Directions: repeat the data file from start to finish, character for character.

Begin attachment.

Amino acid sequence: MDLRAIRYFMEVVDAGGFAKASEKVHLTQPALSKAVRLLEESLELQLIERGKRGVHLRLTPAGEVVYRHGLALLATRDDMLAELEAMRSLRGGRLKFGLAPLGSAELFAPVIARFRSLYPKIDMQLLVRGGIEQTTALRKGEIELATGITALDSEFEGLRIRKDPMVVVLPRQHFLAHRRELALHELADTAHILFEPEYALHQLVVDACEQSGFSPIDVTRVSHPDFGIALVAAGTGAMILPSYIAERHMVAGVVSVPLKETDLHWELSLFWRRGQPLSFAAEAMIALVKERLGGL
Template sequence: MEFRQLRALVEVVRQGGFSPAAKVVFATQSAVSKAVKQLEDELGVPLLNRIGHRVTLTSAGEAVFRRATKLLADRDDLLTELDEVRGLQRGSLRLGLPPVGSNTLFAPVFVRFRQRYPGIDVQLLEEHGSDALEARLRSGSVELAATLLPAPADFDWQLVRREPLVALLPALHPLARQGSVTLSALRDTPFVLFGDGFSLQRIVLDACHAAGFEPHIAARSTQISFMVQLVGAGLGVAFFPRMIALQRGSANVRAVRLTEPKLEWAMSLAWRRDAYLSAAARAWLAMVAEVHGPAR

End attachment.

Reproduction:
Amino acid sequence: MDLRAIRYFMEVVDAGGFAKASEKVHLTQPALSKAVRLLEESLELQLIERGKRGVHLRLTPAGEVVYRHGLALLATRDDMLAELEAMRSLRGGRLKFGLAPLGSAELFAPVIARFRSLYPKIDMQLLVRGGIEQTTALRKGEIELATGITALDSEFEGLRIRKDPMVVVLPRQHFLAHRRELALHELADTAHILFEPEYALHQLVVDACEQSGFSPIDVTRVSHPDFGIALVAAGTGAMILPSYIAERHMVAGVVSVPLKETDLHWELSLFWRRGQPLSFAAEAMIALVKERLGGL
Template sequence: MEFRQLRALVEVVRQGGFSPAAKVVFATQSAVSKAVKQLEDELGVPLLNRIGHRVTLTSAGEAVFRRATKLLADRDDLLTELDEVRGLQRGSLRLGLPPVGSNTLFAPVFVRFRQRYPGIDVQLLEEHGSDALEARLRSGSVELAATLLPAPADFDWQLVRREPLVALLPALHPLARQGSVTLSALRDTPFVLFGDGFSLQRIVLDACHAAGFEPHIAARSTQISFMVQLVGAGLGVAFFPRMIALQRGSANVRAVRLTEPKLEWAMSLAWRRDAYLSAAARAWLAMVAEVHGPAR